• Maintain Complete Inventory: Many surgical implants used in orthopedic surgery come in a variety of sizes and varieties. It is not uncommon for a single type of hip or knee replacement to have hundreds of possible combinations of sizes of implants used. It is important to manage this inventory well to ensure everything needed will be ready for you when you need it! Managing this inventory is a time-consuming and difficult task—one that companies are willing to perform in order to have a surgeon use their implants.
  • Ensure Staff Understanding: Each implant requires knowledge of how to put together and implant the device. While surgeons are expected to have this knowledge, it can be hard for the technologists and assistants to know every detail and every variety of implant. A surgeon may have a favorite knee replacement implant he or she uses every time, but the scrub tech may see 5 different knee implant systems in a week. Having a rep can help ensure the tech and assistants can perform their jobs efficiently.
  • Troubleshoot Issues: When problems or questions come up, device reps can be very knowledgable in how to correct the question at hand. For example, if a piece of equipment is not functioning as planned, device reps are often extremely knowledgable about the details of the equipment they sell, and how to correct any questions or problems.

The medical device reps are not part of the operation in that they are never at the surgical field assisting on an operation. While this was a practice decades ago, this does not occur any longer. Device reps are prevented from any direct patient contact.

Concerns About OR Sales Reps

While there may not be any direct patient contact, critics would argue there is significant influence the device reps can have in the OR that directly impacts the care of the patient. A device rep may communicate directly with the surgeon who is making a choice about the implant selection during a surgical procedure. Furthermore, device reps often interact with surgeons in their office and at conferences and meetings, in an effort to win their business.

While I believe most device reps believe in their company's products, it needs to be recognized that most device reps lack medical training, are not implant engineers, and are being told by their company what to say to encourage the use of their products. Furthermore, sales representatives typically receive compensation based at least in part on their sales performance. It is not hard to see why many people find concerns with the presence of these individuals in an operating room.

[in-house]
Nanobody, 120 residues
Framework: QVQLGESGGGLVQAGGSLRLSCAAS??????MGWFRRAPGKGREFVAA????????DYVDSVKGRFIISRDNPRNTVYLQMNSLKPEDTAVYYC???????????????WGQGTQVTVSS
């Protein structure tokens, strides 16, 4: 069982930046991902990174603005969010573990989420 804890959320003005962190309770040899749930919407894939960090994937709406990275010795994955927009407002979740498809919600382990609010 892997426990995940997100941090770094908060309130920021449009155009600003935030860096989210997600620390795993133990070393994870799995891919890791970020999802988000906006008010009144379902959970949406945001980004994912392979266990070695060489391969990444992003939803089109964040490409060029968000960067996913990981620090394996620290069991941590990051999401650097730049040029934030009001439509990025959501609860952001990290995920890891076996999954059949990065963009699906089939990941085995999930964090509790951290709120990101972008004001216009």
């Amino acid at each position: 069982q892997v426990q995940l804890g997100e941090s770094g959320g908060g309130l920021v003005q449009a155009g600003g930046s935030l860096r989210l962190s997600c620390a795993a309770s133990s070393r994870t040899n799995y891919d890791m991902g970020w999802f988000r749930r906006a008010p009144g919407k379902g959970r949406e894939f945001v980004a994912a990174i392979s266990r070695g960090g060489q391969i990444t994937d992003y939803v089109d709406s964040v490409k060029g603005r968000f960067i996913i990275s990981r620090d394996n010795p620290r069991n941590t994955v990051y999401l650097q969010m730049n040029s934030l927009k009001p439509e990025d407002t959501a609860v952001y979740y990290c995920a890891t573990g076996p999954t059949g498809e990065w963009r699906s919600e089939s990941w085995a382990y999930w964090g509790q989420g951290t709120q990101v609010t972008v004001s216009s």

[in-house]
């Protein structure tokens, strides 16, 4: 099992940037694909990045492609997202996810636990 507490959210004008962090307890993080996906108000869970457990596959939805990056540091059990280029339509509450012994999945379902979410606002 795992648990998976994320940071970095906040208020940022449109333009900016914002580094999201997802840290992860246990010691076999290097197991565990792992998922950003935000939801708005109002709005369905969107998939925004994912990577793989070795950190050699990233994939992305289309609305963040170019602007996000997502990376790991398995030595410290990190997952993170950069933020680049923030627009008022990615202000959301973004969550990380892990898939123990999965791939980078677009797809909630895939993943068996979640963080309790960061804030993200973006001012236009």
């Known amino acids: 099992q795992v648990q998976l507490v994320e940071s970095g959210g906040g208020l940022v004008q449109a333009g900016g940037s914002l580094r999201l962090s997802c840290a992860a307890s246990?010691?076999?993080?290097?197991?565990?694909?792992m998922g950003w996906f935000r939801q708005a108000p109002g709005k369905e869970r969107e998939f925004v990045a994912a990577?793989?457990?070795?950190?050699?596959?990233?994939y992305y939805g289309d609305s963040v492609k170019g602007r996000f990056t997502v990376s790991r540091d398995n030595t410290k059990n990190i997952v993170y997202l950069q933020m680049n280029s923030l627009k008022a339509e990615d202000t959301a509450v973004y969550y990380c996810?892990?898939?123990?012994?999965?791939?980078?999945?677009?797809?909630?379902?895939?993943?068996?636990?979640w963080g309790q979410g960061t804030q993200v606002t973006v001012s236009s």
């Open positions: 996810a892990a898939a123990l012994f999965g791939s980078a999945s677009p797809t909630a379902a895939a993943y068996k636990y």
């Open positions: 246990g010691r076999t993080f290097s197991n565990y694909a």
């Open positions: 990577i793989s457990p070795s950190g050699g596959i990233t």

The question comes: why does anyone allow reps in the OR at all? Well, the functions listed above, in terms of managing inventory and ensuring staff knowledge, can be extremely helpful and efficient. A good sales rep can help ensure a surgery moves along quickly and efficiently, with all of the proper equipment and implants right at hand.

Bottom Line: What to Do?

There are different approaches to managing device reps in the OR. Some hospitals have taken dramatic action to ensure the emphasis is on the patient. For example, some hospitals have made sure patients give consent before any salesperson is allowed in an OR for their surgery. Other hospitals have eliminated the use of device reps all together, instead working directly with companies to purchase inventory and training their staff to manage and use it appropriately. The reality is, most hospitals allow device reps to enter the OR without specific disclosure to patients.

So what should you do? Ask your surgeon what implants he or she is using, and why that implant is selected? Ask if there will be company representatives in the OR and if their role is essential to the surgical procedure. If you have concerns about the role of the sales rep, ask that they not enter the OR during your surgery. Bottom line is that you should feel comfortable, and confident that the attention and decisions made are in your best interest.

Sources:

Boodman, SG. "Medical Device Employees Are Often In The O.R., Raising Concerns About Influence" Kaiser Health News. November 15, 2016